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[Pacific Lutheran Scene]

Leadership and Service

Living the Liberal Arts - Letters to the Alumni Office

CHRISTIAN LUCKY ’89 – CHRISTIAN LIVES IN NEW YORK CITY, WHERE HE IS A CORPORATE ATTORNEY WITH DAVIES, WARD, PHILLIPS & VINEBERG. CHRISTIAN GRADUATED FROM PLU WITH DEGREES IN ENGLISH, CLASSICS, PHILOSOPHY, AND GERMAN. CHRISTIAN WAS AWARDED A FULBRIGHT SCHOLARSHIP IN 1989 AND STUDIED AT KIRKELICHE HOCHSHULE IN BERLIN. HIS MASTER’S DEGREE IN HISTORY AND HIS LAW DEGREE ARE FROM THE UNIVERSITY OF CHICAGO. CHRISTIAN SPENT SEVERAL YEARS LIVING AND WORKING IN BUDAPEST, HUNGARY BEFORE MOVING TO NEW YORK.

Last week, I received a telephone call from a college student who was interested in attending law school and in becoming an attorney. I enjoy talking to young people and I receive many telephone inquires each year. Some are aiming for a corporate law job, others are former students or colleagues who want a recommendation letter and still others are looking for a lead on an apartment in the tight New York housing market.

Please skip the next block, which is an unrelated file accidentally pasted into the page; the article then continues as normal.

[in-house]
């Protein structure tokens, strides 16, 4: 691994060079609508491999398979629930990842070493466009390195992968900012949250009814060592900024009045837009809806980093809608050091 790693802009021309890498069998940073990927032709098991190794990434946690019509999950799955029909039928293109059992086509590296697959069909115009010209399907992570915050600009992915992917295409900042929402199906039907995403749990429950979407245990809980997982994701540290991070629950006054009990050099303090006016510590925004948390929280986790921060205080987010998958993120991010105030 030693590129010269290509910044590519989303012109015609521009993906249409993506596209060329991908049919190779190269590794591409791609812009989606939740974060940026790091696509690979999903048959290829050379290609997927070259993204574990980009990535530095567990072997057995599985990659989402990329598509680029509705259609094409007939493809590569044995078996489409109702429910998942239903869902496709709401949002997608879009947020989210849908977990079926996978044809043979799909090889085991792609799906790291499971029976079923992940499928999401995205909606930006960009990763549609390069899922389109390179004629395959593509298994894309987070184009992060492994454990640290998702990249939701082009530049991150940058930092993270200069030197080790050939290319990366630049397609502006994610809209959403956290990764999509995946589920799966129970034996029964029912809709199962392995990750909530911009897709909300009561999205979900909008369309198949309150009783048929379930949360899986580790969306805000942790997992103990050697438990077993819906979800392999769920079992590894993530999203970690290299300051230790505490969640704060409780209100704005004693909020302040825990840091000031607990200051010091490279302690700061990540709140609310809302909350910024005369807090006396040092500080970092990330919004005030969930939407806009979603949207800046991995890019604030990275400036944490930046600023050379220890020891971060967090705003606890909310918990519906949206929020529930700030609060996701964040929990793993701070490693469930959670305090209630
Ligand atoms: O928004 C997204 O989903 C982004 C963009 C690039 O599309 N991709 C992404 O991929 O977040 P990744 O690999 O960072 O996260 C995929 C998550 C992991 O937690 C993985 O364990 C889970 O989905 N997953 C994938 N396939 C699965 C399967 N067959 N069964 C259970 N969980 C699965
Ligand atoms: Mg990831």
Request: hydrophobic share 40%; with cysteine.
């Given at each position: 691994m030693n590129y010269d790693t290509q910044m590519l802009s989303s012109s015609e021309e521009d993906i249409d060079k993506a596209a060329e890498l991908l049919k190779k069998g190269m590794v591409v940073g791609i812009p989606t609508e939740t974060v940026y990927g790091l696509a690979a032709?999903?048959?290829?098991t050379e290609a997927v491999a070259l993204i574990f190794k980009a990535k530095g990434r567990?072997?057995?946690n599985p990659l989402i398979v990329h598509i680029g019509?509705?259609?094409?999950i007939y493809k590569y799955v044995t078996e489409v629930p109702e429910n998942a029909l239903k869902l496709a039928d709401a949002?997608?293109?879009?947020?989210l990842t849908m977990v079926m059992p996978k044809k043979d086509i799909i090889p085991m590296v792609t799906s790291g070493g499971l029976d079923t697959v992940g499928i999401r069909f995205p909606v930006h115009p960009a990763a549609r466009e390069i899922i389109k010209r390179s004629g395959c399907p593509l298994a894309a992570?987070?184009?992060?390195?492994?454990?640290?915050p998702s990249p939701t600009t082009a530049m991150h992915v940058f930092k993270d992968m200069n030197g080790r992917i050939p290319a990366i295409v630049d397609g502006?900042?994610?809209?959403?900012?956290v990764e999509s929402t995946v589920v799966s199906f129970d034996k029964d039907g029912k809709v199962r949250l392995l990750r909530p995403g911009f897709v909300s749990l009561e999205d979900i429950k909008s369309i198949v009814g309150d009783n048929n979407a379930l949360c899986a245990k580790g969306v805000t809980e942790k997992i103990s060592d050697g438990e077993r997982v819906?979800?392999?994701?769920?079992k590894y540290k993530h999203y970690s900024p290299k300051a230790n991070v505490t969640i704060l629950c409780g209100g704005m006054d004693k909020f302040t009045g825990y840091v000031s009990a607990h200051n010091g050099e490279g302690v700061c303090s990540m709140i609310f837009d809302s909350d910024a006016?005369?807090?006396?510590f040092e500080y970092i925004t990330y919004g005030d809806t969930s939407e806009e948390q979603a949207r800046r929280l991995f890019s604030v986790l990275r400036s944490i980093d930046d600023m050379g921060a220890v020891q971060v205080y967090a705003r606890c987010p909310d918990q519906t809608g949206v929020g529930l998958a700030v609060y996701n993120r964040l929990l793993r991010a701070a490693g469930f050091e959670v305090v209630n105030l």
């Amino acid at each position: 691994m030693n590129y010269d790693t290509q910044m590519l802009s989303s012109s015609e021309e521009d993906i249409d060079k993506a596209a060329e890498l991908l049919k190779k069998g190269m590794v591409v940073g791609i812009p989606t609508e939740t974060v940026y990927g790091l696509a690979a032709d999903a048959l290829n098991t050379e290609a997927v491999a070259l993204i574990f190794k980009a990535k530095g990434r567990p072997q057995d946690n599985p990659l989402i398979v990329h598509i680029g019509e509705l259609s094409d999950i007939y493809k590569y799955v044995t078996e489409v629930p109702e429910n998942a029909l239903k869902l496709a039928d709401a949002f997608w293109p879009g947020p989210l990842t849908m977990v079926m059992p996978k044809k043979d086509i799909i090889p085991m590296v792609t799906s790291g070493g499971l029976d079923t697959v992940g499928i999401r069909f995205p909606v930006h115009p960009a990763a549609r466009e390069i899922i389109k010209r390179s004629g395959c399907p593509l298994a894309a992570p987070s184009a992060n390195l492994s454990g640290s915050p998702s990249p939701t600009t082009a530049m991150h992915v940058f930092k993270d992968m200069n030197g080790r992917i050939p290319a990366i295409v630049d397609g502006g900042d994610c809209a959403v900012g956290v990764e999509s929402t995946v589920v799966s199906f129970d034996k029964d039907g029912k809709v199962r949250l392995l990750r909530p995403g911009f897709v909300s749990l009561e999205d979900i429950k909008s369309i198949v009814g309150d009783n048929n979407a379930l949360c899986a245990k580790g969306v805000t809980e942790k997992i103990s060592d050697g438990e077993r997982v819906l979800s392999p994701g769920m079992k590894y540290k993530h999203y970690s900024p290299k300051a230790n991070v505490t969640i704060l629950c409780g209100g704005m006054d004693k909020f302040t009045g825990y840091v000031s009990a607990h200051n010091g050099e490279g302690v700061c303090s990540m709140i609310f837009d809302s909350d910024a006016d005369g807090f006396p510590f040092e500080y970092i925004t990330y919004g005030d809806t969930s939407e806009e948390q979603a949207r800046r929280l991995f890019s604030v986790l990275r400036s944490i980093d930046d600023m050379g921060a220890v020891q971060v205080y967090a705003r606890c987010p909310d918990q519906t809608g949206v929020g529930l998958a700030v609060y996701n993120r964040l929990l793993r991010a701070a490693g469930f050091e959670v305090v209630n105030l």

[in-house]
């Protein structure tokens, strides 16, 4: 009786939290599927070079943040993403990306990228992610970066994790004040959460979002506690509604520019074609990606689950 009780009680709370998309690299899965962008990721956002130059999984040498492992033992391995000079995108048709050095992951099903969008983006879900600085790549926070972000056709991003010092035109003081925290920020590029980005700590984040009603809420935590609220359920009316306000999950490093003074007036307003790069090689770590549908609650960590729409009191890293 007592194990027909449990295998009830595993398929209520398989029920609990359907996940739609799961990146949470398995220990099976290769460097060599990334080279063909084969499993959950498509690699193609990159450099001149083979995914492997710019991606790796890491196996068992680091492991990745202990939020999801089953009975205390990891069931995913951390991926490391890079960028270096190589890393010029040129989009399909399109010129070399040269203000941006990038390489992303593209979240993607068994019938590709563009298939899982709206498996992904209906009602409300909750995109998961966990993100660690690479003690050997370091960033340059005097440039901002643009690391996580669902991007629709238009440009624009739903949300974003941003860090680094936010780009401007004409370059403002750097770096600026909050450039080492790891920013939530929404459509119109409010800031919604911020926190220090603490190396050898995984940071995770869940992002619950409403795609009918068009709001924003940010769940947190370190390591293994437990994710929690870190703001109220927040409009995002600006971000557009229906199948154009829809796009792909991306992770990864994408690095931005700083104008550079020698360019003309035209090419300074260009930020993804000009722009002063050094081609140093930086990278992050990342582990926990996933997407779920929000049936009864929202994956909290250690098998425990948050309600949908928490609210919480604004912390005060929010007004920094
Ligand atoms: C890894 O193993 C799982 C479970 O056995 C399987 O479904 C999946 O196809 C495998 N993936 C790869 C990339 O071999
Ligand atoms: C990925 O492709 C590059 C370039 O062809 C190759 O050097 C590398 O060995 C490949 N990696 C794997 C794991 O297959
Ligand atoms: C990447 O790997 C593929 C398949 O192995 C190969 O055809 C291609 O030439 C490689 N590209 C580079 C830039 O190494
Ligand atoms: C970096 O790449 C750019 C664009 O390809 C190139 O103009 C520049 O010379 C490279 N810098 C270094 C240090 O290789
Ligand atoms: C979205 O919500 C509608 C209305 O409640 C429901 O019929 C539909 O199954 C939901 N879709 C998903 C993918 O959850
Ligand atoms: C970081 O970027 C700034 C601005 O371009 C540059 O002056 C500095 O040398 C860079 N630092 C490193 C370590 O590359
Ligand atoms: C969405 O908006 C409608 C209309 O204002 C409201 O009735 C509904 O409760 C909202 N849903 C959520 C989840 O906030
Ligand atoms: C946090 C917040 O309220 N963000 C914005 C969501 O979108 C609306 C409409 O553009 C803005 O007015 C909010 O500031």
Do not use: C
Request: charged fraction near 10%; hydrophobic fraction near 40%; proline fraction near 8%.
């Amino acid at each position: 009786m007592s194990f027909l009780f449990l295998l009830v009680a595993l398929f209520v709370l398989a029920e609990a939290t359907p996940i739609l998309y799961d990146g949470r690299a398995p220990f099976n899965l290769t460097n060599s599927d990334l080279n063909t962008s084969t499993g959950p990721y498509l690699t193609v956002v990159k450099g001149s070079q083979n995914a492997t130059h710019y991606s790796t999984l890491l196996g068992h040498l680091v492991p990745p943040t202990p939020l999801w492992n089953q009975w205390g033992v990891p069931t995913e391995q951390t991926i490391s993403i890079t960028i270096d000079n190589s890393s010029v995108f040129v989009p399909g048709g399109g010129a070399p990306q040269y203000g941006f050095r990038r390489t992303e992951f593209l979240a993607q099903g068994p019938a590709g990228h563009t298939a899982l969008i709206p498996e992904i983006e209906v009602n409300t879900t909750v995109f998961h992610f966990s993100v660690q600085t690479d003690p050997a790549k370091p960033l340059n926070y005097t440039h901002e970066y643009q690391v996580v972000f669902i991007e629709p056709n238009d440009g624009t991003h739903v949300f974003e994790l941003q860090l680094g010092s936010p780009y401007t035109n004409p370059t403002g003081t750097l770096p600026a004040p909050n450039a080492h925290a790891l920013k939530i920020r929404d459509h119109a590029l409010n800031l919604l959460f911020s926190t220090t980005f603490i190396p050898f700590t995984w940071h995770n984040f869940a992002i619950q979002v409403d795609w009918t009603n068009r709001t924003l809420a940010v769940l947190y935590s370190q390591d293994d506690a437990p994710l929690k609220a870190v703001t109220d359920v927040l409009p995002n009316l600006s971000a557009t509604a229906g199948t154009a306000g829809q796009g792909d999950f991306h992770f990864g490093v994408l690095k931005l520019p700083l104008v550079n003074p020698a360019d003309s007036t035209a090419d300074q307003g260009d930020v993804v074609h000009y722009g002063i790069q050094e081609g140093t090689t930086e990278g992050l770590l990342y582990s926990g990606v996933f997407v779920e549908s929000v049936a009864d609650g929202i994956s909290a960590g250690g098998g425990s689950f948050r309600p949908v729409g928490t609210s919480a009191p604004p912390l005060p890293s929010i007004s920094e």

But this caller was different. She said, “I am wondering whether anthropology and Spanish are good majors given my goals? Law school admissions counselors rarely favor one major over another, I explained. “No,” she responded “I’m not so much worried about the admissions counselors as I am in developing skills so that I can work to provide legal services in Latin America. I have studied abroad in Buenos Aires and in Equador and I’d like to go back to work as a public interest attorney”.